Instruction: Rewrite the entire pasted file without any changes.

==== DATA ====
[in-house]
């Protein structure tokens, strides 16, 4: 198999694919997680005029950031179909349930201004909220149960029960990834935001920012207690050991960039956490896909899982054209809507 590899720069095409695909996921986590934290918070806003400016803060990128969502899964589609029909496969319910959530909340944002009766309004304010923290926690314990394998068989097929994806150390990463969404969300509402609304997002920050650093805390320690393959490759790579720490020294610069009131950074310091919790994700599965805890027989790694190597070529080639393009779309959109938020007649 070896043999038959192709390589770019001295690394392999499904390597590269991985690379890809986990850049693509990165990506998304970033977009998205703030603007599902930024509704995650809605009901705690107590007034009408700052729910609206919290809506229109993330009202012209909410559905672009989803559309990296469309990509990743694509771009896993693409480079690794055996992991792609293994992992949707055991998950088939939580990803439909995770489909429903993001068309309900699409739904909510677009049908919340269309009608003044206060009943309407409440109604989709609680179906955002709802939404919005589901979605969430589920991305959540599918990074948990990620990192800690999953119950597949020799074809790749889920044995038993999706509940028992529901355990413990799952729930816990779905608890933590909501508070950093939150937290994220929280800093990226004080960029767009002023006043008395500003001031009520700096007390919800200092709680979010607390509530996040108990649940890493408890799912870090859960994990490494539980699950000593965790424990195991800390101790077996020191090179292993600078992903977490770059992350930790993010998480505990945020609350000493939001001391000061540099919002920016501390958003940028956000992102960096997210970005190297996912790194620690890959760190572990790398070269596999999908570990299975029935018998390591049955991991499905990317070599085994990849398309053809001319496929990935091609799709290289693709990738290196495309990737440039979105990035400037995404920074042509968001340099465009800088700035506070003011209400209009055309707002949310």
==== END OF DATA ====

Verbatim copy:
[in-house]
């Protein structure tokens, strides 16, 4: 198999694919997680005029950031179909349930201004909220149960029960990834935001920012207690050991960039956490896909899982054209809507 590899720069095409695909996921986590934290918070806003400016803060990128969502899964589609029909496969319910959530909340944002009766309004304010923290926690314990394998068989097929994806150390990463969404969300509402609304997002920050650093805390320690393959490759790579720490020294610069009131950074310091919790994700599965805890027989790694190597070529080639393009779309959109938020007649 070896043999038959192709390589770019001295690394392999499904390597590269991985690379890809986990850049693509990165990506998304970033977009998205703030603007599902930024509704995650809605009901705690107590007034009408700052729910609206919290809506229109993330009202012209909410559905672009989803559309990296469309990509990743694509771009896993693409480079690794055996992991792609293994992992949707055991998950088939939580990803439909995770489909429903993001068309309900699409739904909510677009049908919340269309009608003044206060009943309407409440109604989709609680179906955002709802939404919005589901979605969430589920991305959540599918990074948990990620990192800690999953119950597949020799074809790749889920044995038993999706509940028992529901355990413990799952729930816990779905608890933590909501508070950093939150937290994220929280800093990226004080960029767009002023006043008395500003001031009520700096007390919800200092709680979010607390509530996040108990649940890493408890799912870090859960994990490494539980699950000593965790424990195991800390101790077996020191090179292993600078992903977490770059992350930790993010998480505990945020609350000493939001001391000061540099919002920016501390958003940028956000992102960096997210970005190297996912790194620690890959760190572990790398070269596999999908570990299975029935018998390591049955991991499905990317070599085994990849398309053809001319496929990935091609799709290289693709990738290196495309990737440039979105990035400037995404920074042509968001340099465009800088700035506070003011209400209009055309707002949310």